This morning, as I was waiting for my turn in the Purohits’ house in Singapore to perform the rituals for one’s departed elders on the New Moon day, I caught up with Sarah O’ Connor’s piece in FT on the coastal town of Blackpool in UK Northwest.
It is a great article in many respects. Some commentators in FT have identified the reasons. It is honest journalistic work; told with sensitivity and with no ideological baggage – one way or the other. There is no air of superiority; there are no lazy ‘I know it all’ prescriptions. The journalist lets the protagonists speak. It is their voices that come through. Ms. Sarah O’ Connor – take a bow!
Further, as several have written, these are the kinds of stories that keep the faith in FT hanging by a thread. They are the antidotes to having ‘free lunches’ and reading other worthies who forget what they themselves wrote earlier or have become so blatantly one-sided that they should add disclaimers about their ideological leanings and personal prejudices.
At least, the FT Editor cannot claim now not to know what clicks with its readers and what they expect of it.
There are many statements made in the article – either by the journalist or by the people of Blackpool – that are worthy of reflection. They make for ideal seminar topics as some of them are rich and are eternal public policy questions. I capture them below with some comments/thoughts preceding them, with the full realisation that opinions an interpretations of the quotes can and will be different.
This is a wonderful doctoral dissertation topic
Well there’s 5,000 new jobs in London every week, and people seem to find it perfectly easy to move 600 miles from rural Romania to take one of these jobs, so why can’t you move 200 miles from Blackpool?’ — it’s true but it sort of ignores the social context.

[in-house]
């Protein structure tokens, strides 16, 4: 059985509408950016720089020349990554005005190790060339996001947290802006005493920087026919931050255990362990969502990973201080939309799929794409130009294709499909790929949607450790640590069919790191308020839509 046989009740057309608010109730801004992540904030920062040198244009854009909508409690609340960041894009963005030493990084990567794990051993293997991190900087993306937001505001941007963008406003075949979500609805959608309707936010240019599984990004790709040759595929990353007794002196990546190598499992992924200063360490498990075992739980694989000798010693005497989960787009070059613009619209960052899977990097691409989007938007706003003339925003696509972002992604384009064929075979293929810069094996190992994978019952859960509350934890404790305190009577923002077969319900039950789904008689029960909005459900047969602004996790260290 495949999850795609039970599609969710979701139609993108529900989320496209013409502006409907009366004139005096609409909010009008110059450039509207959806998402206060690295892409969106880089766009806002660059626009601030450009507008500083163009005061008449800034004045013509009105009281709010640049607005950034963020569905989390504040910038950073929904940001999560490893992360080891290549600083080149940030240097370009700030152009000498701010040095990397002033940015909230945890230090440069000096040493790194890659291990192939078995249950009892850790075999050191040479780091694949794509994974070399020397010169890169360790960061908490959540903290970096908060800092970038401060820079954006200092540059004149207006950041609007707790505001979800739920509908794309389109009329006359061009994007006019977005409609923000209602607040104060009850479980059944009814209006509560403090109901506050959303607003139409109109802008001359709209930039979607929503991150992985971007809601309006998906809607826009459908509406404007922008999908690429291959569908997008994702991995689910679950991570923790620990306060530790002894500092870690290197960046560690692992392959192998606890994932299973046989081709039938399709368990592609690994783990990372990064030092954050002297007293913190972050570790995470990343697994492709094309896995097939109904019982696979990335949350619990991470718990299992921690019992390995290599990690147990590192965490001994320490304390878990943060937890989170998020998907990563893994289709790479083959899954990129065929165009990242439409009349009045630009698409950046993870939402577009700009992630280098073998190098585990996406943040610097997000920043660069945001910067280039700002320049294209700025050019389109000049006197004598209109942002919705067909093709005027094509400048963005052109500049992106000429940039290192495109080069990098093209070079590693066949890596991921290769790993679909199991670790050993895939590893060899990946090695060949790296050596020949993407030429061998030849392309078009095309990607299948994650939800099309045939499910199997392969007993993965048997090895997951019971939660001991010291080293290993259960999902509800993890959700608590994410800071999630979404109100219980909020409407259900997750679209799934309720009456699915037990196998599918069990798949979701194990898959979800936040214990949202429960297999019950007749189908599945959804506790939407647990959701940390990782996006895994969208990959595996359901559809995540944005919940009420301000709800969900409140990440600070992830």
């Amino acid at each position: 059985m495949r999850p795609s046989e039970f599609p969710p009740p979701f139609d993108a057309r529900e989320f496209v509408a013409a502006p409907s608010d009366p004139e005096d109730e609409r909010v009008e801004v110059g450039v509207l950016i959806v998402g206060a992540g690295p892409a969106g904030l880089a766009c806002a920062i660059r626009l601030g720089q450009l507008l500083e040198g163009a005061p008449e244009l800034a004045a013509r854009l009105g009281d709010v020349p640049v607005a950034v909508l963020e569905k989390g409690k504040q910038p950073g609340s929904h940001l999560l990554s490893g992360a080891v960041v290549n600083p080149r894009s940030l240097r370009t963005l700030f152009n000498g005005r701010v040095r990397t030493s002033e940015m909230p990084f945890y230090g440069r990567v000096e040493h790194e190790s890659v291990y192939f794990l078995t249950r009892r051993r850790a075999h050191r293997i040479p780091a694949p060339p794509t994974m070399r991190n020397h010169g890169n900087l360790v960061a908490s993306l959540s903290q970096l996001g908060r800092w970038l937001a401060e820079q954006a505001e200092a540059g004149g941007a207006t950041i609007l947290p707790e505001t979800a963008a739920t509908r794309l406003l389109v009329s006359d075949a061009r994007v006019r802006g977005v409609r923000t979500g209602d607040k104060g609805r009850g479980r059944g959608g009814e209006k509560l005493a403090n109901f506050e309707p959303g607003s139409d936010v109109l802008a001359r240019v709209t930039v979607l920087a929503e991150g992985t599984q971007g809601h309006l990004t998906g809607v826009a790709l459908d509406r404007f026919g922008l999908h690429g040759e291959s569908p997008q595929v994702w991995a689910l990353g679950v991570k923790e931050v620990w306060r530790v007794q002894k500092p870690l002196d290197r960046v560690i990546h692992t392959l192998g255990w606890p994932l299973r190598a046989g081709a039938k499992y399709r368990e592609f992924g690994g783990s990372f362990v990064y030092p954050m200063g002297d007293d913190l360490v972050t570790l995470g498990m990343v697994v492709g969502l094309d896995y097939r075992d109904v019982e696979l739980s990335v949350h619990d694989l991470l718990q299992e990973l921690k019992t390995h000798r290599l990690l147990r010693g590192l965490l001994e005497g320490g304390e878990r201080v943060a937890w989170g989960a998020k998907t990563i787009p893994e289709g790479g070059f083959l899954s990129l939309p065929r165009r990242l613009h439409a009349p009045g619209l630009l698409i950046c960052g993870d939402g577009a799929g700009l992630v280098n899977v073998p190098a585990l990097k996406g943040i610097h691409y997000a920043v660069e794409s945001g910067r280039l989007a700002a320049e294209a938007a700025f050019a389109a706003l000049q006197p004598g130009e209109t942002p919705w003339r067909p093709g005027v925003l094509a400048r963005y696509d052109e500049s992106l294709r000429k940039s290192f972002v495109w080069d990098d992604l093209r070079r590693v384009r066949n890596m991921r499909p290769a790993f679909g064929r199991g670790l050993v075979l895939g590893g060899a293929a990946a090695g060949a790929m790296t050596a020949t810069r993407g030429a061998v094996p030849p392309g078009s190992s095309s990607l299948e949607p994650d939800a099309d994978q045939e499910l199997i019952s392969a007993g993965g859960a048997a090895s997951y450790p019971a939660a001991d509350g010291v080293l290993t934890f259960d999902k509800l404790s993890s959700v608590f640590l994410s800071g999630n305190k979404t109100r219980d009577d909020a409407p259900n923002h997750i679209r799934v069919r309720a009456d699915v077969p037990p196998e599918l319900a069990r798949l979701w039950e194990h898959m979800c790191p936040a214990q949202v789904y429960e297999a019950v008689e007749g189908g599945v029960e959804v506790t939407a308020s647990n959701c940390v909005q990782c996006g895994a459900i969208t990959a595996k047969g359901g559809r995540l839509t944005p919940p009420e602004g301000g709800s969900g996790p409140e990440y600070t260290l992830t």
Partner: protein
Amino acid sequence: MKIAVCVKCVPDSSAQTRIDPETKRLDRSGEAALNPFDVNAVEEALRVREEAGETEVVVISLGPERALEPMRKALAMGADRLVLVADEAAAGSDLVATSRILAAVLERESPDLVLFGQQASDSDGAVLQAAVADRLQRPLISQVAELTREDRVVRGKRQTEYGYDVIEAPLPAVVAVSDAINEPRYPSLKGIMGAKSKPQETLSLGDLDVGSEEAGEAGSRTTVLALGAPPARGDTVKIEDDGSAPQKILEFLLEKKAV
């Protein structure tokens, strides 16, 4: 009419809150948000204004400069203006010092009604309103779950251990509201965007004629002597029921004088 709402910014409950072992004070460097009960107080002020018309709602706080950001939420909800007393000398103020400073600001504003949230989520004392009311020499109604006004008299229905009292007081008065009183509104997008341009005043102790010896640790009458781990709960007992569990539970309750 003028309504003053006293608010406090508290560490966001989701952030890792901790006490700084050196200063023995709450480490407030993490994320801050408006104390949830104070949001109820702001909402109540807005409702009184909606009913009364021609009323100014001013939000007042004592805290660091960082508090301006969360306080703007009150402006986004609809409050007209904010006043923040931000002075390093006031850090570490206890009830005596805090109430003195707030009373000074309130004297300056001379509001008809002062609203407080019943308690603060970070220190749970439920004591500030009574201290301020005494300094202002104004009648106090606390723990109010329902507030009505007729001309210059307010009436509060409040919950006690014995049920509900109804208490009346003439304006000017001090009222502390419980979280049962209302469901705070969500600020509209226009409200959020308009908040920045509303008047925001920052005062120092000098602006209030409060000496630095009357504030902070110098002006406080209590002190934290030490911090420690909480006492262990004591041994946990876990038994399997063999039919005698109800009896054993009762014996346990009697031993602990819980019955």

This lays out how difficult it is to address root causes and why GPs cannot be held responsible for addressing root causes. But, symptomatic treatment is supposed to help buy time for addressing the root causes. An analogy is QE and zero or negative interest rates. But, they have become the only treatment and for ever!
Well, yeah, that’s what medicine does, it treats symptoms. Setting a bone doesn’t get to the root cause of a broken leg — if you wanted to get to the root cause, your job would be to remove the slightly wonky paving stones that drunk people fall over on the way out of pubs on Friday night.” Rajpura argues that the ultimate answer is to tackle the mental health equivalent of the wonky paving stones. He believes that, in places such as Blackpool, we sometimes end up medicating economic and social problems.
This is the holistic understanding that policymakers should have. Indeed, even ordinary citizens should remember. The answer to health issues may lie in non-health aspects and medication may only be a part answer:
[That’s because] 80 per cent of health is determined outside the health service; it’s things like whether you’ve got a job, whether you’ve got a decent home, whether you’ve got social connections and friends.